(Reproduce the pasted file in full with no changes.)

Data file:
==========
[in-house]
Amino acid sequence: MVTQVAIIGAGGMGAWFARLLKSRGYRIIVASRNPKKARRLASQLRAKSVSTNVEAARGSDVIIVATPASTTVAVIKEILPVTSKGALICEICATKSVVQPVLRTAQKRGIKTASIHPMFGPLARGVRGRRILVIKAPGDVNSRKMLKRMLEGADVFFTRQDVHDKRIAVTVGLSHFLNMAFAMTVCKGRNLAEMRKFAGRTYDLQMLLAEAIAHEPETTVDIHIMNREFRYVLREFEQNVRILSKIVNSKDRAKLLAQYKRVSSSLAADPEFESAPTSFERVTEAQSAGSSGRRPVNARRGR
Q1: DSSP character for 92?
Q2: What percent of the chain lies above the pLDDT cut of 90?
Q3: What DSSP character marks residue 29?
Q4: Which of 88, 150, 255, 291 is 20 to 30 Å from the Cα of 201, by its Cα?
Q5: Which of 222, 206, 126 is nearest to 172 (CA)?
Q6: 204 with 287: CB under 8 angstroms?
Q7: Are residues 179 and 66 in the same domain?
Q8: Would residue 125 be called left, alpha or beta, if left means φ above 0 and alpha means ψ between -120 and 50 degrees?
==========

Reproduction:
[in-house]
Amino acid sequence: MVTQVAIIGAGGMGAWFARLLKSRGYRIIVASRNPKKARRLASQLRAKSVSTNVEAARGSDVIIVATPASTTVAVIKEILPVTSKGALICEICATKSVVQPVLRTAQKRGIKTASIHPMFGPLARGVRGRRILVIKAPGDVNSRKMLKRMLEGADVFFTRQDVHDKRIAVTVGLSHFLNMAFAMTVCKGRNLAEMRKFAGRTYDLQMLLAEAIAHEPETTVDIHIMNREFRYVLREFEQNVRILSKIVNSKDRAKLLAQYKRVSSSLAADPEFESAPTSFERVTEAQSAGSSGRRPVNARRGR
Q1: DSSP character for 92?
Q2: What percent of the chain lies above the pLDDT cut of 90?
Q3: What DSSP character marks residue 29?
Q4: Which of 88, 150, 255, 291 is 20 to 30 Å from the Cα of 201, by its Cα?
Q5: Which of 222, 206, 126 is nearest to 172 (CA)?
Q6: 204 with 287: CB under 8 angstroms?
Q7: Are residues 179 and 66 in the same domain?
Q8: Would residue 125 be called left, alpha or beta, if left means φ above 0 and alpha means ψ between -120 and 50 degrees?